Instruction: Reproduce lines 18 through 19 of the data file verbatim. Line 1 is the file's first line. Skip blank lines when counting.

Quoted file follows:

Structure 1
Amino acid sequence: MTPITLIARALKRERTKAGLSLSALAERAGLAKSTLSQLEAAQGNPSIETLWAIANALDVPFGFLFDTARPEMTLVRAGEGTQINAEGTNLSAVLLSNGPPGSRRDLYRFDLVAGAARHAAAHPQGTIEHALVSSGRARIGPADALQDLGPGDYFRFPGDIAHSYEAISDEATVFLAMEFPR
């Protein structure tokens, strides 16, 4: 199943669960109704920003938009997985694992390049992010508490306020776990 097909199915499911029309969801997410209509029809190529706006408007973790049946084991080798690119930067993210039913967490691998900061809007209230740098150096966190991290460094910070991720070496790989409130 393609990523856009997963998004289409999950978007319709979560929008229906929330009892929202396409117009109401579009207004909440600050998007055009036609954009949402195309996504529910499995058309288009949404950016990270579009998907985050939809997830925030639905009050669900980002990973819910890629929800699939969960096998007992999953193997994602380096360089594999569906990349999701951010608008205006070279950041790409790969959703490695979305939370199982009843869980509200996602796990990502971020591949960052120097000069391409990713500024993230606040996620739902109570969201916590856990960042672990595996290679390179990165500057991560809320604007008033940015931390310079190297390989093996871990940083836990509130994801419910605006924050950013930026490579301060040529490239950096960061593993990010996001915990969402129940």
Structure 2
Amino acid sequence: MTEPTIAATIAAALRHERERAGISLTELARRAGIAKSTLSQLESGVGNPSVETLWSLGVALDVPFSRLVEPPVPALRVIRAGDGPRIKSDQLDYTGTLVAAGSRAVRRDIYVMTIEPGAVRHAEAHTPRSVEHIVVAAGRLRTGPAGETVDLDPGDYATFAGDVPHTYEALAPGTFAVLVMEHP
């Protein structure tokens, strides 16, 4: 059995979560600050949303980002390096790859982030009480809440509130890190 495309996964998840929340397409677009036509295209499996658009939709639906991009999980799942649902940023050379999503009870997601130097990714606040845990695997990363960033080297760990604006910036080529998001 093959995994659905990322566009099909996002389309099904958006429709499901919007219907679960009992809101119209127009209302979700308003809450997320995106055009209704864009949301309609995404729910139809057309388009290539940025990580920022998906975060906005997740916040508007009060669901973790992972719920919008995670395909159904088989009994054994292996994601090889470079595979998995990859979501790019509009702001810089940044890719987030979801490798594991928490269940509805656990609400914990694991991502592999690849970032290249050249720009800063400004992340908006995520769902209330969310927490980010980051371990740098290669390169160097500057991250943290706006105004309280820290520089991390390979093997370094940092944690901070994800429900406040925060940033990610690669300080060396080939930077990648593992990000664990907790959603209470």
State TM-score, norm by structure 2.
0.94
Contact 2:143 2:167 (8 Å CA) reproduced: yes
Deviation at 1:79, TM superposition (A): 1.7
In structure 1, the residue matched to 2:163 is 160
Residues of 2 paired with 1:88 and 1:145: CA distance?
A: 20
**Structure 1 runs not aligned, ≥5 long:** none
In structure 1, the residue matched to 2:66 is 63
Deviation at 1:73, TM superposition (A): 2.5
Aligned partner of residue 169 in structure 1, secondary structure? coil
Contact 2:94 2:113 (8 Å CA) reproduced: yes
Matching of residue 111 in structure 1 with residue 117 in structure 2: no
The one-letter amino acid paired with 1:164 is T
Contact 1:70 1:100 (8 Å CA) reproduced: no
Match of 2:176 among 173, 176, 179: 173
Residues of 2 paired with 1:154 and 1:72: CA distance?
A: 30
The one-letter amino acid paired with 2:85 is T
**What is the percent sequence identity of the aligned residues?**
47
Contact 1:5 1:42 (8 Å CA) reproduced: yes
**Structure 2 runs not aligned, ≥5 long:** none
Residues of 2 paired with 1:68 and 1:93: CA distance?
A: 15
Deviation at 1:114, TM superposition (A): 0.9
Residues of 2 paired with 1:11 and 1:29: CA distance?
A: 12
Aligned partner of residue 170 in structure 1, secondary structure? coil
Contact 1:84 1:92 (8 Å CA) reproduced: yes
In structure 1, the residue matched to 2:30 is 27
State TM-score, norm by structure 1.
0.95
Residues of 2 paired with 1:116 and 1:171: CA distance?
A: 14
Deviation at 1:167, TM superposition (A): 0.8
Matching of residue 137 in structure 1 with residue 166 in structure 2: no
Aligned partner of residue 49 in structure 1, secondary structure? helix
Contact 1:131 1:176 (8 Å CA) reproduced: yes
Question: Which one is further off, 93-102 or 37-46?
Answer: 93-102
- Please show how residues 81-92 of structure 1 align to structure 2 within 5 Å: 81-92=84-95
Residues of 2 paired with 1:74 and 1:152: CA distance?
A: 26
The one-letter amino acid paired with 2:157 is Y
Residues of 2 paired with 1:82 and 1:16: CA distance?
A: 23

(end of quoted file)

Contact 2:94 2:113 (8 Å CA) reproduced: yes
Matching of residue 111 in structure 1 with residue 117 in structure 2: no